If your child doesn’t seem interested in reading with you, don’t worry. There are ways you can encourage your child to want to read. It may take a little time, effort, and ingenuity, but you can do it. Here are some helpful ways to plant little reading seeds in your young ones life:

  • Take a break from your daily routine to do some leisurely reading. Do this when your child is around to see it so that they know reading is something enjoyable, not just something their teacher (or you) is making them do. Note: try to avoid reading anything that puts a frown on your face, as this may very well have the opposite affect. 
  • Plant some reading seeds around your home. Reading seeds are engaging materials that you leave in conspicuous places around your home that your child is bound to see and take interest in. This is where it’s handy to watch your child roaming the library and assess the things they’re interested in. Seeds include books, magazines, games, movies, event brochures…etc.
  • While driving or walking anywhere, read the signs you see out loud and comment about them to your child. Ask them to do the same.
  • In order to encourage your child to read about the things they’re interested in, support those interests with special trips and activities, such as going to a sporting event or museum.
  • For some kids, the TV, computer and video games seem to be their only passion. Don’t despair. Take some time to engage in these activities with your child and see what it is about it that interests them. If there is a certain show, website or game they are really into, find books about those programs and either present them to your child as a gift or use them as “seeds” around your house. If there doesn’t seem to be anything specific your child enjoys other than just the act of watching or playing, this can be used as well. There are tons of TV programs, computer games and video games that are designed to help kids enhance their reading skills. Invest in some of these shows and games and encourage your child to watch or play them.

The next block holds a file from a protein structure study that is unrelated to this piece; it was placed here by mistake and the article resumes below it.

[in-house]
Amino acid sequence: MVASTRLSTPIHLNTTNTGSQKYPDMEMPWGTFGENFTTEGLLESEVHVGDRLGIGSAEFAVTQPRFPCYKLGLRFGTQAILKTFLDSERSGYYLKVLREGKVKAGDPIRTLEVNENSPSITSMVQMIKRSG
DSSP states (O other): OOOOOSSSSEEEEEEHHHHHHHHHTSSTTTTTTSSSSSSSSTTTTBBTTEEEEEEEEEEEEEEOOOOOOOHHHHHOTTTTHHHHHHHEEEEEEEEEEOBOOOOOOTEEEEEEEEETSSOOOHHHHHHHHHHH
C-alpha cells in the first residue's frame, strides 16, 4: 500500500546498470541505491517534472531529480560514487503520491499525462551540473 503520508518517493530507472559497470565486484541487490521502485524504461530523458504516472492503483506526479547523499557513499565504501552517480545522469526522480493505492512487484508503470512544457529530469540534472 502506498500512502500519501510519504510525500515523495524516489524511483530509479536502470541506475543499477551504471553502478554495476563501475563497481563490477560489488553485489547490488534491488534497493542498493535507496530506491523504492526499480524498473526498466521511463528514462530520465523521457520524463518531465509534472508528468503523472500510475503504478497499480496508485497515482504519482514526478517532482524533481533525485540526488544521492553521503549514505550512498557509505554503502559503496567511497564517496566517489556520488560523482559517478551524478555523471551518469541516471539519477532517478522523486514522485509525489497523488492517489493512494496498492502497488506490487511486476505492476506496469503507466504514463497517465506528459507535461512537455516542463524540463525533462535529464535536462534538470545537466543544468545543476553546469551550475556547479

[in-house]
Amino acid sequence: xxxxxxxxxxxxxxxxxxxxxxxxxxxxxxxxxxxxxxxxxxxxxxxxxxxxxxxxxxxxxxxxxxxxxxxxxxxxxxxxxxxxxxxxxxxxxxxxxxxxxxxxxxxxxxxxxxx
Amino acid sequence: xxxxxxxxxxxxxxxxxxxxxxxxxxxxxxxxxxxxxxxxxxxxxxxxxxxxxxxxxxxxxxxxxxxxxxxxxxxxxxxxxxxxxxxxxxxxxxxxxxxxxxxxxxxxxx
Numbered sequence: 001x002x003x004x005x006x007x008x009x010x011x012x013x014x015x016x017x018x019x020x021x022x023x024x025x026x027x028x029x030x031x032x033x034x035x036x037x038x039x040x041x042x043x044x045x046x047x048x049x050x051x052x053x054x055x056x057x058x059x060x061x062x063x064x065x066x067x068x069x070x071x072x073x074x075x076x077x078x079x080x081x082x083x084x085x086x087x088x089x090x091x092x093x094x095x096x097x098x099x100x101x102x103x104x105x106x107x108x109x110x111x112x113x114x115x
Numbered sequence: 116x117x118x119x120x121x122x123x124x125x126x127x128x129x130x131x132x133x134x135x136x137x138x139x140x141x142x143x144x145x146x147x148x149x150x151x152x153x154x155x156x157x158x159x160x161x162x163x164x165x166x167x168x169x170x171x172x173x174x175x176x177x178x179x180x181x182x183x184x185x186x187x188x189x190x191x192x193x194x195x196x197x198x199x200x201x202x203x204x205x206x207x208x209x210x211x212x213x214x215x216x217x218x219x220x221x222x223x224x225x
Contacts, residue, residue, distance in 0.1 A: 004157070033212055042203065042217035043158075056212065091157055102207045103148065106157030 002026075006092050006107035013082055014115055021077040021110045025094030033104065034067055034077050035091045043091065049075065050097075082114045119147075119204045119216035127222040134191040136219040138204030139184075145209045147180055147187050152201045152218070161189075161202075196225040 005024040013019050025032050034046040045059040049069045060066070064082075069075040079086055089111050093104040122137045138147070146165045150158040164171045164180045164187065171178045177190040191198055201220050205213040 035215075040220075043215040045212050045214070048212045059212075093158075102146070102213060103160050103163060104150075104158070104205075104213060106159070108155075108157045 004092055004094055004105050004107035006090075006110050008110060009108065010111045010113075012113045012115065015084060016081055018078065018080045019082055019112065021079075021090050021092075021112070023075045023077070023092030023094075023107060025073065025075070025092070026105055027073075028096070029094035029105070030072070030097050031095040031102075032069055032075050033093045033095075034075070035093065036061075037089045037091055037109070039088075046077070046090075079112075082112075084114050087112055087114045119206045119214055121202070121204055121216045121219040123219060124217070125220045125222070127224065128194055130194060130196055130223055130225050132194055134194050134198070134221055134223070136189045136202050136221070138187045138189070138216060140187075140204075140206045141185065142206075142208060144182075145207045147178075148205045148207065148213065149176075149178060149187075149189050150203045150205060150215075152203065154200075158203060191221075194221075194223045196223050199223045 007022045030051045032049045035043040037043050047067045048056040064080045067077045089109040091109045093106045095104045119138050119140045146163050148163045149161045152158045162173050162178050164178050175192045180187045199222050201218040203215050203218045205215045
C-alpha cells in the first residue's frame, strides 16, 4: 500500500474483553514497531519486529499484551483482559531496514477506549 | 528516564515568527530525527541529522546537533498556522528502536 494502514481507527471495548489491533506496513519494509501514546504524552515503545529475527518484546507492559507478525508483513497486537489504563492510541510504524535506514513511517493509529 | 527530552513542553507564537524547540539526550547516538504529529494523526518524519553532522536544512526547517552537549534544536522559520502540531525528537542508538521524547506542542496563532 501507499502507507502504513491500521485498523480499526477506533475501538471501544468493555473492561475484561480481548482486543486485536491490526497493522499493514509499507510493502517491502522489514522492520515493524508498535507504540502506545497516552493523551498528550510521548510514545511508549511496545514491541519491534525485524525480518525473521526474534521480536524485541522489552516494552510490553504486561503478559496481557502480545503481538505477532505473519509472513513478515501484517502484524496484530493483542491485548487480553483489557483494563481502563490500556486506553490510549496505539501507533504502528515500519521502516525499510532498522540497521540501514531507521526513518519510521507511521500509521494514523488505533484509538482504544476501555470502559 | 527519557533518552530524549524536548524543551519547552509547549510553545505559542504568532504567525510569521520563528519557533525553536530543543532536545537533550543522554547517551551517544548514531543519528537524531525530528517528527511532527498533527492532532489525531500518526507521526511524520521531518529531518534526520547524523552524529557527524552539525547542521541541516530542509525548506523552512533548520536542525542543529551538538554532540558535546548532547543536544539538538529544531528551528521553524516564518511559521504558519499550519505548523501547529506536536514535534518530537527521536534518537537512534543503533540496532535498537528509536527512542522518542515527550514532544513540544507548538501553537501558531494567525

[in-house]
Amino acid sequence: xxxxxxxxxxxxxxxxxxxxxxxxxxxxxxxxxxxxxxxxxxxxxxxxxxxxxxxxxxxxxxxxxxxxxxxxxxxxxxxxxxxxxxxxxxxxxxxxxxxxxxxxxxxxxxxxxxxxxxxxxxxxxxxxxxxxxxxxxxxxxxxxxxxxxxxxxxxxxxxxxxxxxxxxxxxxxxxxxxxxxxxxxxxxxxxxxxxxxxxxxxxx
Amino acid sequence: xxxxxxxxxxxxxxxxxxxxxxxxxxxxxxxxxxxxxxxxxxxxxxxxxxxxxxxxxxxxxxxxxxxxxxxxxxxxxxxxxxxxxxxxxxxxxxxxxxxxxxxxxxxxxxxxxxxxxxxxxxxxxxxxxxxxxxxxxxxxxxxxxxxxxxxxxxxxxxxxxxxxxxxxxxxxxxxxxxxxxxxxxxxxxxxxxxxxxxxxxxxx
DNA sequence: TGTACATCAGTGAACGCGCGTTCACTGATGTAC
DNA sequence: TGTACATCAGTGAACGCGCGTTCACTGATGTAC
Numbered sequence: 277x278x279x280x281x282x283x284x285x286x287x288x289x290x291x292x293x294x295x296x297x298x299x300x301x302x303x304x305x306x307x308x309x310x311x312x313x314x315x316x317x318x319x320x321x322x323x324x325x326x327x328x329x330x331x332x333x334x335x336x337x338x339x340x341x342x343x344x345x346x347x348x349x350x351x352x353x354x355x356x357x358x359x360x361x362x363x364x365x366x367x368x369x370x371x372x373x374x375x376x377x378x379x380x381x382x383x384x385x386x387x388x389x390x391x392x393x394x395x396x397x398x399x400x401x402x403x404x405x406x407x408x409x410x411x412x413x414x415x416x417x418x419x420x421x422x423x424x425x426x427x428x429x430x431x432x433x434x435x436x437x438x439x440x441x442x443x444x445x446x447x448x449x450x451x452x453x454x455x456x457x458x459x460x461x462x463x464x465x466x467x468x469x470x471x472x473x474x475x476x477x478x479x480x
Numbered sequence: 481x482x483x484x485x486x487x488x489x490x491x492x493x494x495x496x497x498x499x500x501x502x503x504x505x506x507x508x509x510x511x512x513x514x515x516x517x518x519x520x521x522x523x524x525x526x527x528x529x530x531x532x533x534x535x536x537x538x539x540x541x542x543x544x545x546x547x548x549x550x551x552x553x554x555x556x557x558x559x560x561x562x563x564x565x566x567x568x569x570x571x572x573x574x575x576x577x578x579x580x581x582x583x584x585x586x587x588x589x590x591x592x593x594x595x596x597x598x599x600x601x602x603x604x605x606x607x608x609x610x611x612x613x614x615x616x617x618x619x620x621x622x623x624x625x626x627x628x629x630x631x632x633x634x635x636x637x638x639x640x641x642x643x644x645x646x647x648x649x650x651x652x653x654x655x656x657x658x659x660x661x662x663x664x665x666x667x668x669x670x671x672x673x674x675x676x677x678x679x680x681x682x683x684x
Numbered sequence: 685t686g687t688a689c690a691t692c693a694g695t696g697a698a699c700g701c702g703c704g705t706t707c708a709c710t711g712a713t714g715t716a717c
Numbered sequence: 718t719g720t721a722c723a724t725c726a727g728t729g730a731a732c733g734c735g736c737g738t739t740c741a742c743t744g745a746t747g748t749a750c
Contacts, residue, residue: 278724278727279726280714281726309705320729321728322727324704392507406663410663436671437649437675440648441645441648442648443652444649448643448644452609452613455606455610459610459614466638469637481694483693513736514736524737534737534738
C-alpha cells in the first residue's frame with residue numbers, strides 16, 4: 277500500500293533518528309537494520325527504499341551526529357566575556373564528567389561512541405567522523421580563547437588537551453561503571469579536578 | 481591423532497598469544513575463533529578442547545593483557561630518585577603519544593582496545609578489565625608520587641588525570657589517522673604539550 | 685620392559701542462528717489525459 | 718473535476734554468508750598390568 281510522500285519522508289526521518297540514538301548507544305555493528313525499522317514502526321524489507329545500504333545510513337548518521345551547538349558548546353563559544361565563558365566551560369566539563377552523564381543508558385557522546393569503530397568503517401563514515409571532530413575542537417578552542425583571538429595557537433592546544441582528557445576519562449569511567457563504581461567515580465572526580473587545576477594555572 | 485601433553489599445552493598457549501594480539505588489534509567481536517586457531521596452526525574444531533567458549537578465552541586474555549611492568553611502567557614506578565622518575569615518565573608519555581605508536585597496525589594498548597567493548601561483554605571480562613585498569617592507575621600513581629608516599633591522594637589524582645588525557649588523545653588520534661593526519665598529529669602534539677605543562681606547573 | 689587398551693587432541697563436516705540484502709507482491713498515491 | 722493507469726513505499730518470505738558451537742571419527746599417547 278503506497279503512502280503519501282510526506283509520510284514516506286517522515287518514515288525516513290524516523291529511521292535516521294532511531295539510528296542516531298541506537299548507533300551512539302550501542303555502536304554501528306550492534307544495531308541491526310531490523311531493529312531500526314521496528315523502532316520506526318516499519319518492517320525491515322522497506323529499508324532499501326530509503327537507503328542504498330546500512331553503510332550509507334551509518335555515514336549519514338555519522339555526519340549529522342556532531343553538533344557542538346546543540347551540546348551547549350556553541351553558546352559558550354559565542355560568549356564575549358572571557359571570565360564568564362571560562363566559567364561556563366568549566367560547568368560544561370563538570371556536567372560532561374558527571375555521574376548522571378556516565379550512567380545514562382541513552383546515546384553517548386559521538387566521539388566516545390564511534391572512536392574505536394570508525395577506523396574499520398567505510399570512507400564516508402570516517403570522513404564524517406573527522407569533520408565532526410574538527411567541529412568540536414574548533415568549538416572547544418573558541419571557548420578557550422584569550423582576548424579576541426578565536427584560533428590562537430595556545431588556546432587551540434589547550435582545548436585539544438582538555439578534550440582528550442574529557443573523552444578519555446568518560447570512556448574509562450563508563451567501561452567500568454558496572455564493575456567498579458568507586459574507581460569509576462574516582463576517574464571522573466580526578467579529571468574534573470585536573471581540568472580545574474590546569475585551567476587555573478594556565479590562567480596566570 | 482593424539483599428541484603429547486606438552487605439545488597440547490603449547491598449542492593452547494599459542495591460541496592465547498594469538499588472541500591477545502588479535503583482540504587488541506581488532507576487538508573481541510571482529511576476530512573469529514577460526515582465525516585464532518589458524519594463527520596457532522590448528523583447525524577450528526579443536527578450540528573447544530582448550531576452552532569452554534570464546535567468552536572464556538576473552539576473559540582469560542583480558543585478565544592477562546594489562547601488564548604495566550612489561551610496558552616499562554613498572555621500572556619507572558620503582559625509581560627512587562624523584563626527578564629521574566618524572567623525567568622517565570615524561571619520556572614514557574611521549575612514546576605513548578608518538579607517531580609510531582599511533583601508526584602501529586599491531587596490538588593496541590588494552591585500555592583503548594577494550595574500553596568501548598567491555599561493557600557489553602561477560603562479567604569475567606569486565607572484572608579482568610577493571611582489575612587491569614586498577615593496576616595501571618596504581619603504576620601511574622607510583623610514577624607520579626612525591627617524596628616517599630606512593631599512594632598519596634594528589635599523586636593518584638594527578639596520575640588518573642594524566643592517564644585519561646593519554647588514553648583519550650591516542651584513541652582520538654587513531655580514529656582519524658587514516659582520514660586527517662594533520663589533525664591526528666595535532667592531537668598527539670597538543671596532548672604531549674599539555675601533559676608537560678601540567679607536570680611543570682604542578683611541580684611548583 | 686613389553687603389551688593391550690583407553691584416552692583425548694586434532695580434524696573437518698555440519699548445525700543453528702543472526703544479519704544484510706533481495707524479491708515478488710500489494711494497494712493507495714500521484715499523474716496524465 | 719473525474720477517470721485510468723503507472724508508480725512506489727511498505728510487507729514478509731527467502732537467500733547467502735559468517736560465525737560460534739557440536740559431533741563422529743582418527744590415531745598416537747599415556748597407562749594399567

Note: Do not use these electronics, or any other non-reading activity your child enjoys, as a reward or punishment when it comes to reading. If you do this, they will see the non-reading activity as the thing to be desired and reading as a chore to be avoided or suffered through.

 

Family Game Night

Family Game Night

One of the most effective ways to encourage your child to read is by completely removing the notion that it’s a chore or job. For kids, depending on their age, a lot of schoolwork is seen as just that: work. Very few kids understand the lasting benefits of what they’re learning in school until they get closer to their teen years and adulthood.

That’s why having regular family game nights is often one of the best ways to help your child learn a myriad of skills, including reading. In order for this to work, however, it really helps to have the whole family involved, including siblings of all ages. Your spouse or significant other ought to be aware of the underlying purpose of the family game nights in order to help make sure these nights become a regularly scheduled event, and to make sure you have their support throughout the process. This will also help draw other siblings into the fun of the evening, and whether or not they need to know that it’s for the benefit of helping their sibling learn to read is entirely up to your discretion.

 

Classic Board Games

Scrabble

Classically known as Scrabble, most stores carry a comparable version called Words with Friends, the Board Game. This is an excellent starting game to help kids with their word-building skills. There’s also a Scrabble Jr. available, which you may want to use if your child is especially young.

Mad Gab

You may not think of it as a very helpful reading game, but Mad Gab is an excellent way to help kids with sound and word recognition. Let them look at the cards once the round is over so they can see the difference between the two different sentence structures.

What’s Gnu?

This is a fantastic word-building game for kids that know some basic reading skills, but are still struggling with sentence structure and larger vocabulary words.

Bananagrams

In addition to being my personal favorite, this connect-the-words game is also for kids who already have a basic vocabulary set. It teaches them to expand their knowledge with the limited letters they have available, in an exciting and competitive environment.

Apples to Apples

This is a wonderful game that helps kids broaden their vocabulary by identifying synonyms and antonyms, as well as creating hilarious end results during each round. There is a Junior version of this game as well, for much younger kids.

 

In addition to these conventional board games, there are also some great topic-specific games created especially to assist children with their reading skills. There is an entire set of board games created by Smart Kids called Comprehension. These games come in all levels and categories, so you’re sure to find one that fits your child’s needs perfectly. There are also tons of interactive PC games that teach children reading comprehension, such as Reader Rabbit and the Arthur game series. These are great tools to encourage your child to read, and they can usually be played solo, for those times when your child wants to play on the computer, but they haven’t yet accomplished their reading goals for the day.

These are just a few resources and ideas to help you child build their reading skills. Only you know what’s best for your child, so don’t stop here. Keep researching so that you can help your child get back on track, and maybe even onto the fast track, of reading success.